Frequent Issues with Aging & Solutions in Home Healthcare

Frequent Issues with Aging & Solutions in Home Healthcare

Frequent Issues with Aging & Solutions in Home Healthcare: Podcast Interview & Transcription


[Harrison] Good morning, Ms. Joan.

[Joan] Good morning, Harrison.

[Harrison] So, this morning I want to talk about the consistent themes that seem to pop up all the time with these regular issues and how to potentially avoid them: the common challenges that residents or clients face that seem to be recurring, how can we prevent those?

It could be UTIs, falls, lack of hydration. There are a number of things that happen, but what are some of the most common things that you see happen over and over again with our aging loved ones? And what are some steps that we can take to proactively prevent those things from happening?

What to Expect with Normal Aging

[Joan] Okay, one thing that I always want to start with is to know what is normal aging and also what is normal for your loved one. We know things like all the senses decline with age. So the eyesight, the hearing, the so on. Does your mother, father, aunt, whatever it is, have they had an exam to determine do they need a hearing aid? So many old people avoid hearing aids because that’s a sign of old age.

And we know for a fact that if people go for a long time needing hearing aids, they lose permanently that part of their senses. So making sure that they, they have an exam. Do they need glasses? Those things. The muscle loss can contribute to falls, but 1 thing I see with a lot of older people that families can look at is fall risk.

Fall Risk & Factors

1st of all, how stable are they? I see a lot of older people that we’re we’re these big scuffies slippers and they’re very unsafe. We can slide out of them and fall. Area rugs! Get rid of the area rugs. Those are the number one places where people fall, even in the bathrooms where they have those rugs.

Just looking at what is safe so that can reduce falls. Looking at furniture placement, pieces of furniture, even though they’ve been there for the last 60 years, that might impede somebody getting to and from a room safely. And keeping in mind that if they have some dementia, 1 of the things I always teach about people with dementia is they lose peripheral vision.

And so if you were to go like this, this is how they see. So you can say, why did mom hit that table when she’s just walking across the room? It’s because she doesn’t get that that table is in the way. So looking very carefully at how is the room laid out? How safe is it? Have you removed any obstacles that could become a fall risk?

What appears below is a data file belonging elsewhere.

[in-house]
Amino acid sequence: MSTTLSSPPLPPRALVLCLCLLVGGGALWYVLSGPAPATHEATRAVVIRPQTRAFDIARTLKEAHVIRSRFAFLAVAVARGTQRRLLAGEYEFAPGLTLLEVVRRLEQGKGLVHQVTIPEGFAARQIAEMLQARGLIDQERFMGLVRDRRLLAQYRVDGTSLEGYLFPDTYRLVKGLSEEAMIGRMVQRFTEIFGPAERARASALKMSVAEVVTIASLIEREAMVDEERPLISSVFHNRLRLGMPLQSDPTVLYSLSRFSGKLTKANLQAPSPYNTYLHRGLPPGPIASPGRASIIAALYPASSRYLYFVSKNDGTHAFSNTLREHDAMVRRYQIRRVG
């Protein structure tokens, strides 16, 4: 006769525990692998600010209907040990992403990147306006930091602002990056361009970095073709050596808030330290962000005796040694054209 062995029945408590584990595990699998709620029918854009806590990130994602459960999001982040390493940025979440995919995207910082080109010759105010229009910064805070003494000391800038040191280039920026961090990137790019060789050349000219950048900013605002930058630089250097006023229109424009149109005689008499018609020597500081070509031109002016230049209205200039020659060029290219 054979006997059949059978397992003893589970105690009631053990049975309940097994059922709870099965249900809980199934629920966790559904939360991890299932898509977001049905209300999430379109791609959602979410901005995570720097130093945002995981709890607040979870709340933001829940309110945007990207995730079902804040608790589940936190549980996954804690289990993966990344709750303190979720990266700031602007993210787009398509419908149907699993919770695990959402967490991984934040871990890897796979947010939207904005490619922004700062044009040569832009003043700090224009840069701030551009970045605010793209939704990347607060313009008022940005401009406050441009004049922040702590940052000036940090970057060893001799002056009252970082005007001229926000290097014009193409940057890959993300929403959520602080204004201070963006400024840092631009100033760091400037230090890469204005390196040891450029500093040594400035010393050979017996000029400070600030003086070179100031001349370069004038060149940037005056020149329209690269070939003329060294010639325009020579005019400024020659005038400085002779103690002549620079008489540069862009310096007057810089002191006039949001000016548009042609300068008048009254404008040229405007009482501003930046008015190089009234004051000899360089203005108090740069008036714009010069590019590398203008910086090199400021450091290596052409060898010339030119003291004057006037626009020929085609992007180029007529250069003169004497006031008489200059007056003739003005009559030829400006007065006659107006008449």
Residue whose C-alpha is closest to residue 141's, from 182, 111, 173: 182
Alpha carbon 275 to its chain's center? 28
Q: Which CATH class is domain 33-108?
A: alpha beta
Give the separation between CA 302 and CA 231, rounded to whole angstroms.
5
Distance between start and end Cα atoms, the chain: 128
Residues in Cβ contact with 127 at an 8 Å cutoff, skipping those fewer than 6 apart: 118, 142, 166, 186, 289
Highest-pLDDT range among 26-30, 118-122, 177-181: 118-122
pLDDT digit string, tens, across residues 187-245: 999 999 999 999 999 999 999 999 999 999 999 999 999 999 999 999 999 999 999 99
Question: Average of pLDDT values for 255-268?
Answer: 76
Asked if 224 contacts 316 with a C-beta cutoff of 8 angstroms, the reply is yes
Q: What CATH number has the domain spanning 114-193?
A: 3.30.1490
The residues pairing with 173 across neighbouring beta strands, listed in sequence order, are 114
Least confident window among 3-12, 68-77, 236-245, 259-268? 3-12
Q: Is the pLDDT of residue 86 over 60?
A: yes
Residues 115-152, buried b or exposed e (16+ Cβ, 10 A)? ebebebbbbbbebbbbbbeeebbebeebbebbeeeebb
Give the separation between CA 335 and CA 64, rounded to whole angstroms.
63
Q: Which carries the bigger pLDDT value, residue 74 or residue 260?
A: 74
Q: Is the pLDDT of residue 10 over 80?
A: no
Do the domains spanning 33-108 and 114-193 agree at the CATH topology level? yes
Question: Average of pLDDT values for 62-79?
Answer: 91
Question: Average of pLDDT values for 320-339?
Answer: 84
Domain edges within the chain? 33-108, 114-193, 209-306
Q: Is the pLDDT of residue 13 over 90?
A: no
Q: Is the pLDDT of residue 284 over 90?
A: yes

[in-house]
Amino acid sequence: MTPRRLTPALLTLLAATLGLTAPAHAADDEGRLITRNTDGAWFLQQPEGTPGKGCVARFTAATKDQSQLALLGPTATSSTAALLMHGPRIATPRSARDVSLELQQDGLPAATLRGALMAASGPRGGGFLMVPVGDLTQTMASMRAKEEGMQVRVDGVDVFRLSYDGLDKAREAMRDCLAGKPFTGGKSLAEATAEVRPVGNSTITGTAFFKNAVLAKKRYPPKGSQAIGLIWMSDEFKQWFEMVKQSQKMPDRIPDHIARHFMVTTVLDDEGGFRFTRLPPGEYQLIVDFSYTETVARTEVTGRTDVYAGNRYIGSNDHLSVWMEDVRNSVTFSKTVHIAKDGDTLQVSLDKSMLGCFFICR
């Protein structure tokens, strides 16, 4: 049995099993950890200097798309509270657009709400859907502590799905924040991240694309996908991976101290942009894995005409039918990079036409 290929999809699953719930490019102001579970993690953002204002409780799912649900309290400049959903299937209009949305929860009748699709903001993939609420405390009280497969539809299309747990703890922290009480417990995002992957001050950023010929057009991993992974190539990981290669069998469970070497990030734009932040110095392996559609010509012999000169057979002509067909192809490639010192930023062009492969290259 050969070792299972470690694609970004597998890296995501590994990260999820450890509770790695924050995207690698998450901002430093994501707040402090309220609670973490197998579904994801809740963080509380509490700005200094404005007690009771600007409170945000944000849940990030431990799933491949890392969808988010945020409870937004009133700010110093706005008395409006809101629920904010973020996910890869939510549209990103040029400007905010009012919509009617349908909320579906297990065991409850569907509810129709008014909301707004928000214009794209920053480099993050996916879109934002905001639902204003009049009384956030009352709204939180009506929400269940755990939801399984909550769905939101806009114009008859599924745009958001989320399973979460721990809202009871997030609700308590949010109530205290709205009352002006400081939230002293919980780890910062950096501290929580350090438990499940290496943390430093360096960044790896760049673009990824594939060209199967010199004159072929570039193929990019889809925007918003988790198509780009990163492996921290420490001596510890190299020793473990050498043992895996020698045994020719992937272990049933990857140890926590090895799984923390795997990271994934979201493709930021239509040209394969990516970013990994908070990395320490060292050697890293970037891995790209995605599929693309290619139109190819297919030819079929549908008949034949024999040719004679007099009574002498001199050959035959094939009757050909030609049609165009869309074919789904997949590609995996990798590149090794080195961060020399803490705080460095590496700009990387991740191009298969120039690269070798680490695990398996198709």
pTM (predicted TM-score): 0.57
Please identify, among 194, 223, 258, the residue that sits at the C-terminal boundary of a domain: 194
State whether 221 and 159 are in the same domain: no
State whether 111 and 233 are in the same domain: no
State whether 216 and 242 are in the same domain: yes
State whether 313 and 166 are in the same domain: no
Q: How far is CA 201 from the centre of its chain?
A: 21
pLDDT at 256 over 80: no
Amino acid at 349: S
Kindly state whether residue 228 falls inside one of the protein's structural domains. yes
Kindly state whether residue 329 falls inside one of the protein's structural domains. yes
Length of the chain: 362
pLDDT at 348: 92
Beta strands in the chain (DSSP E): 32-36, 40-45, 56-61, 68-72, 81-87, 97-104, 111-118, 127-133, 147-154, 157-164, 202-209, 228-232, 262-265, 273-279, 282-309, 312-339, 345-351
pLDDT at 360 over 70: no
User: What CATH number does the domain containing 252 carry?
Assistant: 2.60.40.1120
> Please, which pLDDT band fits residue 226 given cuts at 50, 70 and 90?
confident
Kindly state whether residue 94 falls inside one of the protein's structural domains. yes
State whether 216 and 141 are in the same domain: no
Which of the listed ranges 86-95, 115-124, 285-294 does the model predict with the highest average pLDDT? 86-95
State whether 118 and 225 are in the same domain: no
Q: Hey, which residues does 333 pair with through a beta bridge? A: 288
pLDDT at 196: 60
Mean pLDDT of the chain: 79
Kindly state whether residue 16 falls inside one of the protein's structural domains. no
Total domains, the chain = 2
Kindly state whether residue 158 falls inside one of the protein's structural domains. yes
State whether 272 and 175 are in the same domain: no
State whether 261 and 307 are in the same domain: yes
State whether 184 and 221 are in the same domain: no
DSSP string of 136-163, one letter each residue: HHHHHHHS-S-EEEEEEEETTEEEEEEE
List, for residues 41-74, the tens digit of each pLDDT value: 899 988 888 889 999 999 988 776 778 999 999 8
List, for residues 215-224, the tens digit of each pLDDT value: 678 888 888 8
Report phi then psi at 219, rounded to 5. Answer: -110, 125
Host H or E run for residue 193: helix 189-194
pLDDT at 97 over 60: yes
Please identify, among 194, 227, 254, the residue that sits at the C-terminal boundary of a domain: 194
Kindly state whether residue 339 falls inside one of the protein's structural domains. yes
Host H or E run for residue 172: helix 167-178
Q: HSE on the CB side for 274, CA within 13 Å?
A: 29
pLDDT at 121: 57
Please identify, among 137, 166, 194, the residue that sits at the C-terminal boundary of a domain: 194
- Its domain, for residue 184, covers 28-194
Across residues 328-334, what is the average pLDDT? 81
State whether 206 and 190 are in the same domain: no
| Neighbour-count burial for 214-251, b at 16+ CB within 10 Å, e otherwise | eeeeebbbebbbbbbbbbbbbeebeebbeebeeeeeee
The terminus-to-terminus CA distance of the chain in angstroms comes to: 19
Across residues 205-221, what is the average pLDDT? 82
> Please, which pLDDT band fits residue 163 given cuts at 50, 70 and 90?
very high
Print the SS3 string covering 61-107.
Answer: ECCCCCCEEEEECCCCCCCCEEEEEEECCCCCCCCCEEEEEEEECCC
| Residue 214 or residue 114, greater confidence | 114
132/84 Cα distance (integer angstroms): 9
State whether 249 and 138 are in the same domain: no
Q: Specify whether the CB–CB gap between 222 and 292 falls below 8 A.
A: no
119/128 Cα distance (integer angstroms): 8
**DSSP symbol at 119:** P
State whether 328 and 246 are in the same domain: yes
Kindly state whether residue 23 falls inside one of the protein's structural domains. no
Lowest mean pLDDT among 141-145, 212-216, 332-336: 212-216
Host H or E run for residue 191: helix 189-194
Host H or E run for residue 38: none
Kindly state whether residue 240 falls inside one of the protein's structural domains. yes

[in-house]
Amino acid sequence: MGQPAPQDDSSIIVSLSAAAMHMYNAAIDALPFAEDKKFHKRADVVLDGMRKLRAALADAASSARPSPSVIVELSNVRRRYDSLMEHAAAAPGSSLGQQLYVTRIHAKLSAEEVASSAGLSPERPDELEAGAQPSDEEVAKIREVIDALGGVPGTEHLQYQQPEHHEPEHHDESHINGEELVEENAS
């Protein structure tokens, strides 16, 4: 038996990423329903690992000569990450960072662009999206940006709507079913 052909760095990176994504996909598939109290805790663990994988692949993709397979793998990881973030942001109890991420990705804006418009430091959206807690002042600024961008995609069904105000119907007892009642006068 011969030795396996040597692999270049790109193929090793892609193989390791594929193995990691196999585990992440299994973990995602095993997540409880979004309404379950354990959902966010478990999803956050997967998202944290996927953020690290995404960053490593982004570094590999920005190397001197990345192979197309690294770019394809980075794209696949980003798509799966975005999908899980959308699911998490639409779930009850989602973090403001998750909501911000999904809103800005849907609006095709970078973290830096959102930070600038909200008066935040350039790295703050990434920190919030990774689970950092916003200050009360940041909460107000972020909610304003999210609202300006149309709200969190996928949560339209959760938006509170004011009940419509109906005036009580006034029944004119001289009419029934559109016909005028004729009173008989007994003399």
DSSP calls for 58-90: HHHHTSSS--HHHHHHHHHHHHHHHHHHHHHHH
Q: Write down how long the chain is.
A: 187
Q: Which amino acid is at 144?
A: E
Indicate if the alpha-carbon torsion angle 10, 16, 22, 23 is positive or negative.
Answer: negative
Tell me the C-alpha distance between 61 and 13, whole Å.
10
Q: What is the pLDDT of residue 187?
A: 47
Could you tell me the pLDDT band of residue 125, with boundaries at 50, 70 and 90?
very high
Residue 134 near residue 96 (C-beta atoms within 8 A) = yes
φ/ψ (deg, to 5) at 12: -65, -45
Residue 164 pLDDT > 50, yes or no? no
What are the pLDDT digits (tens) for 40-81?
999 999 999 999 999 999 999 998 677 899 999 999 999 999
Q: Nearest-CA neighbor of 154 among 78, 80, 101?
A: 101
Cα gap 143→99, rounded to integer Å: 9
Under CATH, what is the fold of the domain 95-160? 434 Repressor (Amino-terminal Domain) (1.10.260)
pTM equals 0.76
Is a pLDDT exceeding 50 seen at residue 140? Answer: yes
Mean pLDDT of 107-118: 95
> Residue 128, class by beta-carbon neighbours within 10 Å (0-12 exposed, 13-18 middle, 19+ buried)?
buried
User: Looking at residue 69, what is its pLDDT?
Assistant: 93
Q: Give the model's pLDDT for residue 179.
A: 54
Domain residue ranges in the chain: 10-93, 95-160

How stable is your relative? Do they need a cane or a walker? If they do, will they use it? It’s no good to lock it in the corner and then they fall because they haven’t gone. But how can you work with them to understand that it is a precaution to use that rather than say, oh, “I don’t want anybody to see me with this this walker or this cane.

Hydration & UTIs for Elderly People

Um, Hydration is so important. UTIs – the primary source of UTIs is dehydration. And a lot of older people simply don’t like to drink water. They deny that they don’t like to drink. I had a neighbor, next door neighbor actually, who collapsed and fell and it turned out she had, among other things, some dehydration.

And her husband said, “That’s crazy, she has a bottle of water in her hand all the time”. Yeah, but she doesn’t drink it. She carries it around, doesn’t drink it. In a lot of the communities that I’ve worked in, assisted living or skilled or whatever, we try to put like cucumber water hydration stations so obvious that people will drink it.

Sometimes the staff will kid people at breakfast, “no you can’t have your coffee until you drink this glass of water first”, even though they can’t, they can’t legally do that. But just making sure that people have hydration.

Social Interaction & Context for Seniors

Social context. One of the major factors of health and wellness is social context.

That’s one of the real issues for people. And I’m sure you see that a lot. If they no longer can drive and they don’t have people that can take them to things and they don’t have some friendly next door neighbors who drop in, How do they get that socialization? And how do they have a feeling of being needed and having some friends?

Can you do it on zoom? Can you get them? Can you set up a time with if they know how to use it that with some friends that they can talk so that they can socialize with people, even if they’ve always been somewhat of a loner still just having social contacts is really important. I remember my mother in law, when she got very old, she said, one of the hardest things of getting old is losing your friends and the more friends she would lose, the harder that was. And then how do you make new friends? Particularly if you’re restricted from getting out, if you’ve always gone to church and suddenly you can’t get to church. There are some churches now that are reaching out and providing car transportation for people to get to them, having a friendly neighbor, pick them up and take them to, to that, or if there’s a local adult day program, where you can go at least once a week to, to socialize with people.